It’s important to look into your company’s invoice and payment data to reveal opportunities for additional savings.

To help your company get started with identifying opportunities for savings, here are some signs to look for:

  • Unusual increases in recurring payments or repeating charges to vendors
  • Be aware of the average time and cost to process and pay each invoice
  • If able, develop custom overviews and reports that provide actionable insight into spending performance

A powerful KPI to track is the average cost to process a single invoice. To calculate this, divide the cost of the total accounts payable by the total number of invoices processed each month.

The key is to include all costs, especially labor because it’s often the highest cost of all. Remember to include costs for audit fees, lost supplier discounts, mailing and printing, payment mistakes, equipment and more.

To increase efficiency and maximize savings, your AP department should assess the time spent on the manual AP processes such as typing in invoice data, reviewing materials, approvals, payments, reconciling and updates.

For example, according to Goldman Sachs, businesses typically spend up to 70% less time using AP automation compared to manual processes.

Analytics tools within an AP automation solution can also help uncover purchasing patterns, like what is being purchased, by whom, from which suppliers and with what frequency. With that knowledge, procurement teams could consider grouping purchases together to get a volume discount or consolidating similar purchases with a single, lower-cost supplier.

4. Capture early payment benefits

Greater overall efficiency in the invoice approval process helps your business take advantage of early payment discounts.

Buyers may receive early payment discounts in exchange for paying a supplier’s invoice before the due date. Essentially, a company pays less than the full amount and the supplier receives payment earlier than they typically would — a win-win.

For suppliers, one advantage to an early payment discount is, of course, that they’re paid earlier than they typically would be — this accelerates their cash flow. Another plus is often when suppliers offer early payment discounts they are rewarded with more business.

AP teams should contact their vendors on a regular basis to ask about early payment discounts that can benefit both parties involved in the transaction.

With enough volume, these payment benefits can increase your company’s financial health, while establishing stronger supplier relationships.

VIDEO: How Middle Market Finance Teams are Preparing for a Recession

5. Improve vendor management

A strong relationship between buyer and supplier does not happen overnight. It requires the two parties to invest the time and money needed to understand each other’s needs more clearly.

Here are the five ways in which your company can improve their vendor relationships:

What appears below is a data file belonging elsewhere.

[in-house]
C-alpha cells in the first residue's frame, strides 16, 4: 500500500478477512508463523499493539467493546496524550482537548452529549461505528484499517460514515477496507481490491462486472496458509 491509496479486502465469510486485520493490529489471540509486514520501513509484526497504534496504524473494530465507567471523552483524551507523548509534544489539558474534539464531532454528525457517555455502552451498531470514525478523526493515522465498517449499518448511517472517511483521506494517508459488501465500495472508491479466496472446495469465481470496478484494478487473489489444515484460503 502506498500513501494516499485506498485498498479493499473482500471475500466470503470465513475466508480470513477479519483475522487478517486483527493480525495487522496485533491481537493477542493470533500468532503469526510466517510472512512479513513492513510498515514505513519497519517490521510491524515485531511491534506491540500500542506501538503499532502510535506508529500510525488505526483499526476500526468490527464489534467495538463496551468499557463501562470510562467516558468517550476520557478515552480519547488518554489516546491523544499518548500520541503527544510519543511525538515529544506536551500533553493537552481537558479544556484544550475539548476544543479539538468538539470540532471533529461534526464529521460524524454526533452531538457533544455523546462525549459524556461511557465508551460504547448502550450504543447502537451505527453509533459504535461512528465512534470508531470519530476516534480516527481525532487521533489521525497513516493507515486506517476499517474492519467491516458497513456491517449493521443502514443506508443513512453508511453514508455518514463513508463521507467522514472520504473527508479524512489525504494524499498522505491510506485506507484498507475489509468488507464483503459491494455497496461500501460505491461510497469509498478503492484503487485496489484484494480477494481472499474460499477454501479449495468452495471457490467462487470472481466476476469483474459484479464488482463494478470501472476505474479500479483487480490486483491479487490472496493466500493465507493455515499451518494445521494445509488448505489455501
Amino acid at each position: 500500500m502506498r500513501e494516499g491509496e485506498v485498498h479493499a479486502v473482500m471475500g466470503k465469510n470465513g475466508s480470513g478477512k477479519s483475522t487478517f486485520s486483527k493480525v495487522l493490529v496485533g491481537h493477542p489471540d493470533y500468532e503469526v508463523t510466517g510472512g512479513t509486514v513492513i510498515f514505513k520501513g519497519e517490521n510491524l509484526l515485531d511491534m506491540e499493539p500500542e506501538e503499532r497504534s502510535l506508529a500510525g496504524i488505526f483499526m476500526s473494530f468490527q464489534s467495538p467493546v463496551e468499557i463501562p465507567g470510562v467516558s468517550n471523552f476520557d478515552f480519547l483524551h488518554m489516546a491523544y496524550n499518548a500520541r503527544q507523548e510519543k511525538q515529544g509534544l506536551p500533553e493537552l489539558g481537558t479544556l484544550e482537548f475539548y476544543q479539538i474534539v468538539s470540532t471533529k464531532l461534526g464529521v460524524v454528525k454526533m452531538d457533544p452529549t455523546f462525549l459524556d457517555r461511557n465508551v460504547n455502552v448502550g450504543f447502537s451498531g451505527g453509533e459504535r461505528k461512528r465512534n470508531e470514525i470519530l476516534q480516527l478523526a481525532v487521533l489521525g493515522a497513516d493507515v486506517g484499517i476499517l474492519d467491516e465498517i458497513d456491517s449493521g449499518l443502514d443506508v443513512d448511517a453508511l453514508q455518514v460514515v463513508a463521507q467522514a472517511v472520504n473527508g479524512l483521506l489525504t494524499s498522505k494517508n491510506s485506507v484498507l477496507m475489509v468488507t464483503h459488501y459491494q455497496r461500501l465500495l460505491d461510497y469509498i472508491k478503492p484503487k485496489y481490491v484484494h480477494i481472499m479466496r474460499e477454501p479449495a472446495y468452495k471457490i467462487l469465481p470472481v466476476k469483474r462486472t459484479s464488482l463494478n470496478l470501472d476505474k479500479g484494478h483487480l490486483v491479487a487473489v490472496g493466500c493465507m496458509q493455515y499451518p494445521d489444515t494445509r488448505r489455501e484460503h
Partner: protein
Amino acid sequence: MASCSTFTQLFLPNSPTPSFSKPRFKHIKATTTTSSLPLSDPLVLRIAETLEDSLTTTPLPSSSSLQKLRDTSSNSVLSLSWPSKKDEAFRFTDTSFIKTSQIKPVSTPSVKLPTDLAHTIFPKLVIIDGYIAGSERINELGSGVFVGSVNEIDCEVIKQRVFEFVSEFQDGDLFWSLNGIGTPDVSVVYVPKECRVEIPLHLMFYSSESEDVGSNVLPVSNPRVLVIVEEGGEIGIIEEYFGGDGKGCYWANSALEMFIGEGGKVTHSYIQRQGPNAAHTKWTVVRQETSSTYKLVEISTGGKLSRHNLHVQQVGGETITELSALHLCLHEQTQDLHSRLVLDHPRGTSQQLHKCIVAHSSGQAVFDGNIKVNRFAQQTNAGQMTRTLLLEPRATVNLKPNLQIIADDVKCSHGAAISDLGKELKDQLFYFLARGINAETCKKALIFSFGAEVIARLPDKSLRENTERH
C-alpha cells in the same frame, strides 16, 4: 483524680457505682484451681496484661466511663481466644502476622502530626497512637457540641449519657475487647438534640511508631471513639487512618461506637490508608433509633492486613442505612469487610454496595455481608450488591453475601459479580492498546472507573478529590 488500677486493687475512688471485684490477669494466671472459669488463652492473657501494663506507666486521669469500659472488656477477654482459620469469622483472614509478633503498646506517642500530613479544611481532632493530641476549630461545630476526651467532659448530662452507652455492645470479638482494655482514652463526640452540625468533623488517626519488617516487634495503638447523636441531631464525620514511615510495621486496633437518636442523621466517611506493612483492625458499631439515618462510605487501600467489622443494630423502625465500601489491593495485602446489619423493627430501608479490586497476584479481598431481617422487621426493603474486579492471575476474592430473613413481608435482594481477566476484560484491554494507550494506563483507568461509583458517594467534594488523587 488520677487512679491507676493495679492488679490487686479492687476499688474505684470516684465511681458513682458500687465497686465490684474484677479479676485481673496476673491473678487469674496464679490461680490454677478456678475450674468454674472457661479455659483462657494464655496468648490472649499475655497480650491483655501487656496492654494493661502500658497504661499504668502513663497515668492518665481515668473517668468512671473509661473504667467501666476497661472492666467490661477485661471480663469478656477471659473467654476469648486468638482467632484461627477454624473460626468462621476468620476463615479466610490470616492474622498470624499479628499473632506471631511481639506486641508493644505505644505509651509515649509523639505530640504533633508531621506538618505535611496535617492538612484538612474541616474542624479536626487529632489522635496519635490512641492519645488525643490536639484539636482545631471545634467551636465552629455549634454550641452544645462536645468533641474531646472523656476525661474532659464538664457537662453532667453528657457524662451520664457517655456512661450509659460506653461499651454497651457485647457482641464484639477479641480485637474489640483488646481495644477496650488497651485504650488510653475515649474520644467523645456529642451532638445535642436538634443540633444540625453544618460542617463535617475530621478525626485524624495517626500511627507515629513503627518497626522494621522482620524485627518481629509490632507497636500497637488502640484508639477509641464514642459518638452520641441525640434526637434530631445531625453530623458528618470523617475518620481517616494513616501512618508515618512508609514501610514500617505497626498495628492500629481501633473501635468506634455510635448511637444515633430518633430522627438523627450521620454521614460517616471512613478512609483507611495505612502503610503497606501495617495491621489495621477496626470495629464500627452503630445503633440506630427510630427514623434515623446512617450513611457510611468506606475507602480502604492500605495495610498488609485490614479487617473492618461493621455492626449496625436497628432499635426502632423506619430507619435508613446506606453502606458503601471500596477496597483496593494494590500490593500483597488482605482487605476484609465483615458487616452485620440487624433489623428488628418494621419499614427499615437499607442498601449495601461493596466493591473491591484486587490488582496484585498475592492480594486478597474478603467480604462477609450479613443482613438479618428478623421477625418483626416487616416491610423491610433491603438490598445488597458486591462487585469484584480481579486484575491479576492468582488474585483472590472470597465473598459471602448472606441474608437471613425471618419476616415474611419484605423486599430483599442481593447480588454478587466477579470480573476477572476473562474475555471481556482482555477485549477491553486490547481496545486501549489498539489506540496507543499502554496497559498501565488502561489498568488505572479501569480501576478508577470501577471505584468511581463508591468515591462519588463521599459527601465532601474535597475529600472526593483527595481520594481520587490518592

• Share goals and priorities – establish clear and measurable goals that are rank-ordered for prioritization
  • Identify and choose the top vendors – identify the vendors most likely to fulfill your company’s goals, taking into account your company’s most acceptable amount of risk
  • Negotiate toward win-win outcomes – understand that the best scenario during a contract negotiation is to arrive at mutually agreeable terms that meet the needs of both parties involved (your company and your suppliers)
  • Monitor KPIs and maintain communication – do not take for granted that suppliers will perform to the standards of your contracted terms
  • Invest in the right tools – identify the technology that will best support the goals of your company and the supplier

For a buyer-supplier relationship, the right technology can organize supply chain data, save time and avoid frustrating payment delays, manage master vendor files automatically and help both organizations assess performance metrics.

So, is your AP team prepared for a potential recession?

Our latest research shows middle market companies are reevaluating their business costs and priorities, shifting focus to sustained growth, efficiency and talent retention.

Strategic thinking and effective use of AP automation technology can help companies achieve these financial goals by reducing manual tasks and in turn streamlining processes, allowing AP professionals to focus on more value-added work like analyzing data, reducing errors and identifying opportunities for growth. It can also help companies cut hard costs by enabling remote work and reducing overhead.

Deploying the five strategies outlined in this post can be a powerful start to helping your organization weather economic uncertainty and ensure your department’s contribution to sustainable growth. 

To learn more about how finance teams are preparing for a forecasted recession, download our latest report below.

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White Paper: How Middle Market Finance Teams are Preparing for a Recession

Our survey results uncover the middle market’s perception of the economy, priorities over the next 12 months and budget adjustments to account for a predicted recession.